10. Reconsidering Racial Reconciliation in the Age of Black Lives Matter

cf. “Resolution on Racial Reconciliation on the 150th Anniversary of the Southern Baptist Convention”

cf. Divided by Faith by Michael Emerson and Christian Smith

To frame their study, they used the concept of a “racialized” society which they defined as a society “wherein race matters profoundly for differences in life experiences, life opportunities and social relationships.” It is, as they say, “a society that allocates differential economic, political, social, and even psychological rewards to groups along racial lines; lines that are socially constructed.” Racialization functions differently from straightforward racism. Emerson and Smith go on to explain that discrimination in a racialized society is increasingly (174) covert, embedded in the normal operations of institutions, and it avoids direct racial terminology, making it invisible to most white people. The relative invisibility of these racialized structures to white Christians often leads them to unknowingly compromise with racism. (175)


…”culture creates ways for individuals and groups to organize experiences and evaluate reality. It does so by providing a repertoire or ‘tool kit’ of ideas, habits, skills, and styles.” (175)

Accountable individualism means that “individuals exist independent of structures and institutions, have freewill, and are individually accountable for their own actions. This belief promotes skepticism toward the idea that social systems and structures profoundly shape the actions of individuals. …relationalism, “a strong (175) emphasis on interpersonal relationships.” According to relationalism, social problems are fundamentally due to broken personal relationships: “Thus, if race problems–poor relationships–result from sin, then race problems must largely be individually based.” And antistructuralism refers to the belief that “invoking social structures shifts guilt away from its root source–the accountable individual.” In other words, systems, structures, and policies are not to blame for the problems in America; instead, the problems come from the harmful choices of individuals. “Absent from their accounts is the idea that poor relationships might be shaped by social structures, such as laws, the ways institutions operate, or forms of segregation…They often find structural explanations irrelevant or even wrongheaded. (176)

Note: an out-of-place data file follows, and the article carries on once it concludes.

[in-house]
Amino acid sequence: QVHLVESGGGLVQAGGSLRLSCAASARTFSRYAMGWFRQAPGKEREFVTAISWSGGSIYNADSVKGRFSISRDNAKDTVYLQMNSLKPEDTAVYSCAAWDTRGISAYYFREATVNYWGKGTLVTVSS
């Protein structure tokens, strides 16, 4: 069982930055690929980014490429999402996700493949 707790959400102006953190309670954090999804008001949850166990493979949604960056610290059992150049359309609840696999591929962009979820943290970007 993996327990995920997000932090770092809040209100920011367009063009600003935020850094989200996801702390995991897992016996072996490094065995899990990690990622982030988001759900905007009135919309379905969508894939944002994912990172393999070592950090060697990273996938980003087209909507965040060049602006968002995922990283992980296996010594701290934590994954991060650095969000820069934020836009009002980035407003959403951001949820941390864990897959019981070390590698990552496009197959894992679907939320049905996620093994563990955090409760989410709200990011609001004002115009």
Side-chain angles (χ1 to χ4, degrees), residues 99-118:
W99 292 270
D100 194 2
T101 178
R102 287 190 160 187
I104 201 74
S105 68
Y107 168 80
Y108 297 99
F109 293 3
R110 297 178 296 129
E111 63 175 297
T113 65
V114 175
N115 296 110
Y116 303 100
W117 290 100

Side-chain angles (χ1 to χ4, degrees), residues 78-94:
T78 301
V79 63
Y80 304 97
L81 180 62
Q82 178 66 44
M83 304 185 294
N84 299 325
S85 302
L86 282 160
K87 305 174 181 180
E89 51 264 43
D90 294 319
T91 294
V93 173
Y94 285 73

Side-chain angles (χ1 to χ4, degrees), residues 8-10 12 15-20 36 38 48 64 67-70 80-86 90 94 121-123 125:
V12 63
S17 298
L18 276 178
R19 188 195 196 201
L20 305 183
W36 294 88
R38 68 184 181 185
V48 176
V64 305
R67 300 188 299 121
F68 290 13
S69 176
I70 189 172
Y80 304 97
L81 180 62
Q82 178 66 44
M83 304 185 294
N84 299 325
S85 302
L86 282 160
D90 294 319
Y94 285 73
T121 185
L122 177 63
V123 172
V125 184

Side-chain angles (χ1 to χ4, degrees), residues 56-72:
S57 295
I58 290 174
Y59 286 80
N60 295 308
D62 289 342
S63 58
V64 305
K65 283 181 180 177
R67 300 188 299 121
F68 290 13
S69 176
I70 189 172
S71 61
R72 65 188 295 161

Ultimately, the organizations with which one chooses to affiliate in the cause of antiracism is a matter of conscience. The only wrong action is inaction. (184)

In the church, conversations about injustice should include an examination of the circumstances of each incident, but Christians should also analyze the larger patterns–ones that can operate independent of malicious intent–to see the historic and systemic picture and advocate for more effective solutions. (184)